Record-breaking heatwave leaves people wanting to vomit as mercury rises

Record breaking temperatures across the world are leaving people "wanting to vomit" and putting their health at risk.

The scorching weather has gripped three continents and is about to topple temperature records in Asia, Europe and the United States.

Japan has now issued heatstroke alerts to tens of millions of people as near-record high temperatures scorched large areas and torrential rain pummeled other regions.

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Texan tourist Anthony Fernandez, 29, who is visiting Tokyo told "Every time we're visiting somewhere there seems to be a heatwave or like a rare weather disaster.

"It's kind of becoming like the new normal…climate change is a big concern.”

National broadcaster NHK warned the heat was life-threatening, with the capital and other places recording nearly 40C.

Japan's highest temperature ever 41.1C first recorded in Kumagaya city, Saitama, in 2018 could be beaten, according to the meteorological agency.

The United States National Weather Service reported that a powerful heatwave stretching from California to Texas was expected to peak during an "extremely hot and dangerous weekend".

Arizona's state capital Phoenix recorded 16 straight days above 43C, with residents facing temperatures of 47C on Saturday.

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California's Death Valley is often among the hottest places on Earth and is likely to hit new peaks today – possibly surpassing 54C.

There are wildfires in Southern California and the Canadian government says that said wildfires have burned 10 million hectares this year.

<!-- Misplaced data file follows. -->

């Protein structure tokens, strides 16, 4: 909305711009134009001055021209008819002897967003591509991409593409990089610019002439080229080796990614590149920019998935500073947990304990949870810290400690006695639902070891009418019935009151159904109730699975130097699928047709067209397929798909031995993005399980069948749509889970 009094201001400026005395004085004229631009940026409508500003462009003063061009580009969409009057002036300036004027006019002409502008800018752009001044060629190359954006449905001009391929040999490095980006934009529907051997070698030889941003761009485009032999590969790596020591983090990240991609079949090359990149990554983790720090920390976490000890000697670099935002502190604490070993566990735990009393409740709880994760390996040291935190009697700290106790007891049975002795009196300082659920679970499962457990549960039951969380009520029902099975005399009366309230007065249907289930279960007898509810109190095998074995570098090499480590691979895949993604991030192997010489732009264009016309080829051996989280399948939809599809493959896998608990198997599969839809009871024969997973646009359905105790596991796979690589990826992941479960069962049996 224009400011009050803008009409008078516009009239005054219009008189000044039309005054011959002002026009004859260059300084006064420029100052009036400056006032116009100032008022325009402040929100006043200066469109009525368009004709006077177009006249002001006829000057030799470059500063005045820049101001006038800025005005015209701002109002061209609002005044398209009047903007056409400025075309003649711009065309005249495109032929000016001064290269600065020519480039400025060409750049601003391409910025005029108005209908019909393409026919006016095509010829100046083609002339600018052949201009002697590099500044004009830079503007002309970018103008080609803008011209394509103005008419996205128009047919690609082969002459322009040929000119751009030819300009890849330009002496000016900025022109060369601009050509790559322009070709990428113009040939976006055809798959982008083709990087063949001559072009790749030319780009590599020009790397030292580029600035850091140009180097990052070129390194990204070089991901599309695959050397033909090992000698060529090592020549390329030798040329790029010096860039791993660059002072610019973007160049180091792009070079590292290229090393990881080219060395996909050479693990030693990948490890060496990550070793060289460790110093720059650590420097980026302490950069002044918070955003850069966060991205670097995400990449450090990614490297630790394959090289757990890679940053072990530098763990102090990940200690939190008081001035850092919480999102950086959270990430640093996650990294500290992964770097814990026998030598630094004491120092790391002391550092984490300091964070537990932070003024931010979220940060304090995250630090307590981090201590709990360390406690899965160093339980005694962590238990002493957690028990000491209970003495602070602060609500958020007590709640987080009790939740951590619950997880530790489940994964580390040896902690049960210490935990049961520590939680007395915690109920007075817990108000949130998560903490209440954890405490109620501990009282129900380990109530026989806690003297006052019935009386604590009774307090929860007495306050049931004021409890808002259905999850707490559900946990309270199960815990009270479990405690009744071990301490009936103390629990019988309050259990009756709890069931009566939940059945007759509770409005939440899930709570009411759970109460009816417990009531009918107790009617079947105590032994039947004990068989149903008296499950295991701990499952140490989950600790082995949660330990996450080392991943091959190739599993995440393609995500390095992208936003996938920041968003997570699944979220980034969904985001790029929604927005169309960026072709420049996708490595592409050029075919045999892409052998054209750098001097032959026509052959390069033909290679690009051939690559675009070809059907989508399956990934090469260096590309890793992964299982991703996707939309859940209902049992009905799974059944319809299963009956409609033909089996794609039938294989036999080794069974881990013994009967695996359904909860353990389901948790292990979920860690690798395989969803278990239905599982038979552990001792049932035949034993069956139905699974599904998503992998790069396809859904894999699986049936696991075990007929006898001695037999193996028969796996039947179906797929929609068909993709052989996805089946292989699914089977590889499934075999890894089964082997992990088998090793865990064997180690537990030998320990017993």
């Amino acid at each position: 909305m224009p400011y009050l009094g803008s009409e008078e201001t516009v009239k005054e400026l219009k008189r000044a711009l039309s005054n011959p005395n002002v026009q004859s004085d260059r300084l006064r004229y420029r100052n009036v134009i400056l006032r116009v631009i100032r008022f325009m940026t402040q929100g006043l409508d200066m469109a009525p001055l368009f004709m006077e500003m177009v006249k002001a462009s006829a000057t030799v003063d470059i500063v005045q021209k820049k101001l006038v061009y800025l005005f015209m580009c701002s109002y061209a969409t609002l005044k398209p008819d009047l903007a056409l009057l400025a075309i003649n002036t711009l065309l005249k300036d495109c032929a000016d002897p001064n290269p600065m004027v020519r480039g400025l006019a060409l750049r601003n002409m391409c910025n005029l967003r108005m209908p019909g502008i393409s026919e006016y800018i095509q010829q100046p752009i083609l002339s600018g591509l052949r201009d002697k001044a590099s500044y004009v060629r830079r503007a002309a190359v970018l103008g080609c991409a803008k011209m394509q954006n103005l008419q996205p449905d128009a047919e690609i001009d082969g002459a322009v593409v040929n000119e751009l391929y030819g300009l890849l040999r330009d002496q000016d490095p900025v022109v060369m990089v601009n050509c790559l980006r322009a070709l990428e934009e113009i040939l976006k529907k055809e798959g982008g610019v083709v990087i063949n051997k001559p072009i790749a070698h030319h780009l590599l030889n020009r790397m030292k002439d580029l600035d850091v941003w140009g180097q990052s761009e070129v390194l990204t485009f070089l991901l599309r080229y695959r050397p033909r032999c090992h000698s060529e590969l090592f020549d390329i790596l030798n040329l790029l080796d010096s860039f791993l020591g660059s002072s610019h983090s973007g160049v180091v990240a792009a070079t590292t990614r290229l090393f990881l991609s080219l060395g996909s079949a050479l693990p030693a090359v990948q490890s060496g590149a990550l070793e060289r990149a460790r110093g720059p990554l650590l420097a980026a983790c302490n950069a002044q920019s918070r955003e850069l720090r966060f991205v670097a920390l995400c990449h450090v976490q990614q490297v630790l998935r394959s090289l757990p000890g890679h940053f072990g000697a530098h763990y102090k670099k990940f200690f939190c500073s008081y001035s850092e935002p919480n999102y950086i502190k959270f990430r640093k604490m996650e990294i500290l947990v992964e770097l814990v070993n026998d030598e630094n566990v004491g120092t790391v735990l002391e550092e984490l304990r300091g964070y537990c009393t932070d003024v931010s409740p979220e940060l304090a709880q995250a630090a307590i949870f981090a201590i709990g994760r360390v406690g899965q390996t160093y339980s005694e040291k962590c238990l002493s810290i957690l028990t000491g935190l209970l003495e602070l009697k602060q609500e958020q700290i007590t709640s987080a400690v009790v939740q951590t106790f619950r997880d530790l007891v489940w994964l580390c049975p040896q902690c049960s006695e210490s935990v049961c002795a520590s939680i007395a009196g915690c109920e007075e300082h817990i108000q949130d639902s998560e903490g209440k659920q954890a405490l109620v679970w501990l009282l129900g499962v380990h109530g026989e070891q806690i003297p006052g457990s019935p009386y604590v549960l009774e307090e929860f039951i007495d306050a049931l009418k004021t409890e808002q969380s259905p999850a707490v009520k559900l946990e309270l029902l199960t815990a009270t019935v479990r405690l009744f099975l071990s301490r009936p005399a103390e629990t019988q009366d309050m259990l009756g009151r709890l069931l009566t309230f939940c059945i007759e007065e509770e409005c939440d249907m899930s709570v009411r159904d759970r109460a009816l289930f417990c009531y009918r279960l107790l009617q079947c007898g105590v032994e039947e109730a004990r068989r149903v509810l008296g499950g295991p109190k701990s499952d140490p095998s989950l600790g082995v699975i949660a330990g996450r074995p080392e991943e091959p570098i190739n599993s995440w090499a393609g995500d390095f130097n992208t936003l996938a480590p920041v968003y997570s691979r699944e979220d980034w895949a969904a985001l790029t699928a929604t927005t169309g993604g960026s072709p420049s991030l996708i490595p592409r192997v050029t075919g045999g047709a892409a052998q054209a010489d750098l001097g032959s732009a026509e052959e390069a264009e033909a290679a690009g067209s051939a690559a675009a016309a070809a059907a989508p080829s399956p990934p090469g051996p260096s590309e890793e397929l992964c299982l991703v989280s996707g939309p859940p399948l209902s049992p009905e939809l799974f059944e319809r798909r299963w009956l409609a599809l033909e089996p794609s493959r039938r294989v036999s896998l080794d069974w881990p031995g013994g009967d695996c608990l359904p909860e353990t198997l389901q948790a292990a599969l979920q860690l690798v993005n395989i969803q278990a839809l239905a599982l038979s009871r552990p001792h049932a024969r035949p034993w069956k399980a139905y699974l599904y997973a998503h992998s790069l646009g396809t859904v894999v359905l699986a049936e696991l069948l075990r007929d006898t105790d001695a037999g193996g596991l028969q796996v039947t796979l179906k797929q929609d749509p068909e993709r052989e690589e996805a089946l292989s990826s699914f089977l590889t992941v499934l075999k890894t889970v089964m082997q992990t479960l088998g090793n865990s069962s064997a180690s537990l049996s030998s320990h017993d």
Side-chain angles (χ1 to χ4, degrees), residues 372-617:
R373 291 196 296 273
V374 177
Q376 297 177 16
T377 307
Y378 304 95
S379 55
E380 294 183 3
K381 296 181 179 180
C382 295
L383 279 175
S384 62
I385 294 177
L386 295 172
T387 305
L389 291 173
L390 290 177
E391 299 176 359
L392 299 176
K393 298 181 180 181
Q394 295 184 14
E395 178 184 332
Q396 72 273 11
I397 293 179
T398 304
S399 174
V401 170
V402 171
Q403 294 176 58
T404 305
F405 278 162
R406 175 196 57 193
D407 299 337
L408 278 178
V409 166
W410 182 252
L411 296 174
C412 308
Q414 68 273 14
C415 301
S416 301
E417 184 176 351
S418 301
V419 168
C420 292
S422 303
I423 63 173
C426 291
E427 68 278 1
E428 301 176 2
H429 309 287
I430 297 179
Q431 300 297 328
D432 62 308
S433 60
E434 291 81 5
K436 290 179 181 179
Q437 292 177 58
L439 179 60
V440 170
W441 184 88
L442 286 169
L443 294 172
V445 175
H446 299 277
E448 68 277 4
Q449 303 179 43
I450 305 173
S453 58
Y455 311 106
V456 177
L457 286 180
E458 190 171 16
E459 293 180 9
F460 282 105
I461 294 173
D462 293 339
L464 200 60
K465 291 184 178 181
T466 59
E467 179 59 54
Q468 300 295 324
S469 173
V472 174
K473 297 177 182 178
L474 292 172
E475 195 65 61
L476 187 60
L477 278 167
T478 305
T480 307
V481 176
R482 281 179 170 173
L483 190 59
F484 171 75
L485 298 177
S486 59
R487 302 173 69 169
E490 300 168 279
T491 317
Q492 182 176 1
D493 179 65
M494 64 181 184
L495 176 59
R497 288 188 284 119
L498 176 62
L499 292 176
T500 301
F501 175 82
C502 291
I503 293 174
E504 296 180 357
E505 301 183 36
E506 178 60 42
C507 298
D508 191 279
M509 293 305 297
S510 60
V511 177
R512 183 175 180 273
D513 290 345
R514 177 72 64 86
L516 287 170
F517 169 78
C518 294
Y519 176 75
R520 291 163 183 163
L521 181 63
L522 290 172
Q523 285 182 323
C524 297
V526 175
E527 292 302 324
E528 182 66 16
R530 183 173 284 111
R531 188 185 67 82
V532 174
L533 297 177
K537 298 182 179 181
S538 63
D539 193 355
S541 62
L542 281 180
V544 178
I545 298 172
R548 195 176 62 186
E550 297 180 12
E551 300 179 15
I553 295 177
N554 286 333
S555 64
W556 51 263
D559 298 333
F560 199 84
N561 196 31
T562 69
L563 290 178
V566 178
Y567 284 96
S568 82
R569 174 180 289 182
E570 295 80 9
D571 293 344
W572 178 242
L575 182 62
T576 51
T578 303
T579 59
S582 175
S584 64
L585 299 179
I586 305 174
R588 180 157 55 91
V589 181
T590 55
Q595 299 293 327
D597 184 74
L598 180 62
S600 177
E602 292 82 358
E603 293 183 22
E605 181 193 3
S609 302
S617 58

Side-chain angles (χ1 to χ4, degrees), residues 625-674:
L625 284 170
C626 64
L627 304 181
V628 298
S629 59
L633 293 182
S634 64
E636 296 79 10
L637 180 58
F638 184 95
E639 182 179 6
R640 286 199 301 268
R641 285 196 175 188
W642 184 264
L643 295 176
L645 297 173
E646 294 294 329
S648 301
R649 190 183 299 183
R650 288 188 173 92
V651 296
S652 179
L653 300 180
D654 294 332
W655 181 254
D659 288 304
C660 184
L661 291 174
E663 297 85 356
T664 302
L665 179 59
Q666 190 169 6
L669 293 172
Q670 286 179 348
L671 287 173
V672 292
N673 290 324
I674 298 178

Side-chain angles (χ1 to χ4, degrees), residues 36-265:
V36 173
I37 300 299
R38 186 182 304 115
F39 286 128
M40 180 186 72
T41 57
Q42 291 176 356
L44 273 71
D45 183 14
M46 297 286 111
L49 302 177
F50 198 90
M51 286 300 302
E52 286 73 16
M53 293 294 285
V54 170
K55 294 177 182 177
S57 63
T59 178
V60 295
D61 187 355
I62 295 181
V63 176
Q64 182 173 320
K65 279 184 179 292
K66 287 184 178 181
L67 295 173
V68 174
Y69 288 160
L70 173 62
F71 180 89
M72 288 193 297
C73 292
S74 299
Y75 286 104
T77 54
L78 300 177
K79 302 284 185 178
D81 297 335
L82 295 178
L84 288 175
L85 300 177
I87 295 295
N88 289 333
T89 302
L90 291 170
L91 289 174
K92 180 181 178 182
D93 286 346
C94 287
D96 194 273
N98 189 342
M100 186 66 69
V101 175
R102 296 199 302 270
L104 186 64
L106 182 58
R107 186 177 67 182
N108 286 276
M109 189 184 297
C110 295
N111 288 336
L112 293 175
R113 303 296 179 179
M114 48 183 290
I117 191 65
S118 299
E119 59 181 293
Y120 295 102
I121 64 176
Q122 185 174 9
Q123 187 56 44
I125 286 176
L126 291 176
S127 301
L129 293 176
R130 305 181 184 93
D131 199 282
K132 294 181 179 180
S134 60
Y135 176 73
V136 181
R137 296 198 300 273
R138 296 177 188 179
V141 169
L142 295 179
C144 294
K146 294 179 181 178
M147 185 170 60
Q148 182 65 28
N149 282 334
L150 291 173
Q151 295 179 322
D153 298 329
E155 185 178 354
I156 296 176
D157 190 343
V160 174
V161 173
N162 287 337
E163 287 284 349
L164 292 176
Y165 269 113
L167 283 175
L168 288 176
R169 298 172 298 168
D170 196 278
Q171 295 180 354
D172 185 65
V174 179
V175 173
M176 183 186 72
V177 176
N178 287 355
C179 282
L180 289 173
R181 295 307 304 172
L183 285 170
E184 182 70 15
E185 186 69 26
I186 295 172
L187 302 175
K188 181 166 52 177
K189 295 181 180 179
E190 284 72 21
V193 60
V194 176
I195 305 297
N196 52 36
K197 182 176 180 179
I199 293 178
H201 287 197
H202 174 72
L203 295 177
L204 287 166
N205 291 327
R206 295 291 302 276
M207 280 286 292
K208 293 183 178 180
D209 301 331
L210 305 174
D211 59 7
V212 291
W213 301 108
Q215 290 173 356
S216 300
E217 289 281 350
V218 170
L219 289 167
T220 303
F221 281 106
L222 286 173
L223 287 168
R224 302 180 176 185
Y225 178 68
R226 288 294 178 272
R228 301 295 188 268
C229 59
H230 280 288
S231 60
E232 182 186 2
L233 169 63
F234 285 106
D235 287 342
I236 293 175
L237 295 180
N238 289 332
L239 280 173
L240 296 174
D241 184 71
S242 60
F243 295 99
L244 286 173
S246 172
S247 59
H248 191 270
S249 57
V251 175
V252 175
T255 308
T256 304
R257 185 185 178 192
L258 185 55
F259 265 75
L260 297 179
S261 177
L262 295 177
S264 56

The EU's climate monitoring service said the world saw its hottest June on record last month.

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Last week, a British tourist collapsed in Rome with others vomiting with heatstroke. Elsewhere in Lodi, south-east of Milan, a 44-year-old road sign worker collapsed and died as the mercury surpassed 40C.

And Brits heading to southern Europe next weekend can expect more of a pounding from the scorching sun as the soaring temperatures in that part of the world show no sign of coming to an end.

Charts showing predictions of the predicted temperatures 1.5km above sea level compared with what are considered normal, based on a 30-year average, show swathes of red suggesting it’s likely to be much hotter than normal for this time of year – with some predictions that it could be 16C hotter than normal.

Southern France, Italy and Spain are amongst hardest hit in Europe in the ongoing heatwave.

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